He is still in­fu­ri­ated by My­ers’s ar­gu­ment for wildlife triage – pri­ori­tis­ing species more likely to sur­vive at the ex­pense of des­per­ate cases such as the Mau­ri­tius kestrel. “Where does it end?” Jones says. “You can’t save rhi­nos? You can’t save ele­phants? There’s no room in the mod­ern world for Cal­i­for­nian con­dors? The worst is: ‘We don’t have enough money.’ How much money is there in the world and how much is wasted on triv­ial things? It’s such a defeatist ar­gu­ment.”

How do you save species? “It’s very easy. It’s no se­cret at all,” says Jones. We meet at the re­mote Welsh farm­house he shares with his part­ner, his two young chil­dren, 6,000 books, a black-chested buz­zard-ea­gle called Igle and count­less skulls, re­mains and taxi­der­mied an­i­mals from around the world. “They talk to you af­ter a while,” he says of his trea­sures. “A spec­i­men is a repos­i­tory for an in­fi­nite amount of in­for­ma­tion. You’ve got to live with your spec­i­mens, your an­i­mals. They’ve got to be part of your life.”

Jones is tall, witty and imag­i­na­tive, with “the ad­mirable passion and zeal of an ado­les­cent pi­geon fancier”, as David Quam­men put it in his book The Song of the Dodo. He em­braces

‘Deep down in my heart, I knew that breed­ing birds was some­thing very spe­cial’ spe­cial

EO Wil­son’s con­cept of bio­philia, the hu­man need to live in­ti­mately with other species. He has done so all his life and it has honed his hands-on ap­proach to sav­ing species.

His fas­ci­na­tion with an­i­mals be­gan in his ear­li­est mo­ments – soothed by an owl’s hoot in his cot – in ru­ral Car­marthen­shire, Wales. As a boy, Jones res­cued in­jured wild crea­tures – badgers, tawny owls, kestrels – and bred rap­tors in home­made cages. “My head­mas­ter al­ways used to say: ‘Why don’t you do proper work in­stead of play­ing with the birds in your back gar­den?’ Deep down in my heart, I knew that breed­ing birds was some­thing very spe­cial. When I learned about the plight of the Mau­ri­tius kestrel, I thought: ‘I can do that.’”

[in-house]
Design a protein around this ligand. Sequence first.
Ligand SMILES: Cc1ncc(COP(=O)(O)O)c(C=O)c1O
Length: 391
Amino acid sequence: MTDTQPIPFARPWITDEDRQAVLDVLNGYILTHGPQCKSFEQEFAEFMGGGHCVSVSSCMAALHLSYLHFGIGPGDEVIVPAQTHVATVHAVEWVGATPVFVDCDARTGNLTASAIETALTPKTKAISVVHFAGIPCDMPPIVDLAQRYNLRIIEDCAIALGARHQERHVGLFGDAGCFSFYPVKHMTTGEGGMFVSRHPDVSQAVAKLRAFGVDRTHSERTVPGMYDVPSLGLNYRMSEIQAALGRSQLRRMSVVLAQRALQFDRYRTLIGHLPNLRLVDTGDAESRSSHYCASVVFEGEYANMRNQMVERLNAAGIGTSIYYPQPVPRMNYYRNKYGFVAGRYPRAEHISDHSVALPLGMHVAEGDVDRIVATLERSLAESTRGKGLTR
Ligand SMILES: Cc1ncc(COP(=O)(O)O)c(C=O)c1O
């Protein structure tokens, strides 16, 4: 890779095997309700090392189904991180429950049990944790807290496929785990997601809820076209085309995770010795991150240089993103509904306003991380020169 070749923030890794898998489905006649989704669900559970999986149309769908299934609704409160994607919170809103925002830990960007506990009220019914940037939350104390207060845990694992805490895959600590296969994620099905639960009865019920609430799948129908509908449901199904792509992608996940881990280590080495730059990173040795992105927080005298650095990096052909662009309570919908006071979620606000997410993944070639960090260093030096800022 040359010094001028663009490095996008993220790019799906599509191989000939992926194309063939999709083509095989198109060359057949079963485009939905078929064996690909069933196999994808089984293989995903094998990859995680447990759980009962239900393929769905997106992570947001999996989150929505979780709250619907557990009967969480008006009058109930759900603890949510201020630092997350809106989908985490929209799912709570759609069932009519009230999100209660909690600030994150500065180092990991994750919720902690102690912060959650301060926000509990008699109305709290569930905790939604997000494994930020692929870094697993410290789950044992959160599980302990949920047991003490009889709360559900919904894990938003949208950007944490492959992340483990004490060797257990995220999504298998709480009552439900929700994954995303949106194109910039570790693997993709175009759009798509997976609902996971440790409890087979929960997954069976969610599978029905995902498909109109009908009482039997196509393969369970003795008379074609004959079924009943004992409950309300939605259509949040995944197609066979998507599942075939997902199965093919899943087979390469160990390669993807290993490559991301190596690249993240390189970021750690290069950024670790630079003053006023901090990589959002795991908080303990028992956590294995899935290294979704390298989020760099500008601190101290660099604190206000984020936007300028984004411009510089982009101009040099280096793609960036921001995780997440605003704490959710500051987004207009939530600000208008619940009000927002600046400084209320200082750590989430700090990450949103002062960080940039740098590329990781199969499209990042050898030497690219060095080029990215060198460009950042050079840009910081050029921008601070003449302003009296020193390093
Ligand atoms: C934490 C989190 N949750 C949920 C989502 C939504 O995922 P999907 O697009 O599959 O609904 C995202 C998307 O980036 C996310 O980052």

Jones chal­lenges the con­ser­va­tion wis­dom that we must first un­der­stand the rea­sons for a species’ de­cline and then re­store its habi­tat. In­stead, he ar­gues that sci­en­tists must tweak the lim­it­ing fac­tors on a species’ pop­u­la­tion – food, nest­ing sites, com­pe­ti­tion, pre­da­tion, dis­ease – with prac­ti­cal field­work. “If there’s a short­age of food, you start feed­ing. If there’s a short­age of nest sites, you put up nest boxes. You don’t need end­less PhD stu­dents study­ing a species for 20 years.” Con­ser­va­tion sci­ence, he ar­gues, is of­ten too re­mote. “Do you sit back a nd mon­i­tor a sick pa­tient or do you treat them and see what works? A lot of species have been stud­ied to ex­tinc­tion.”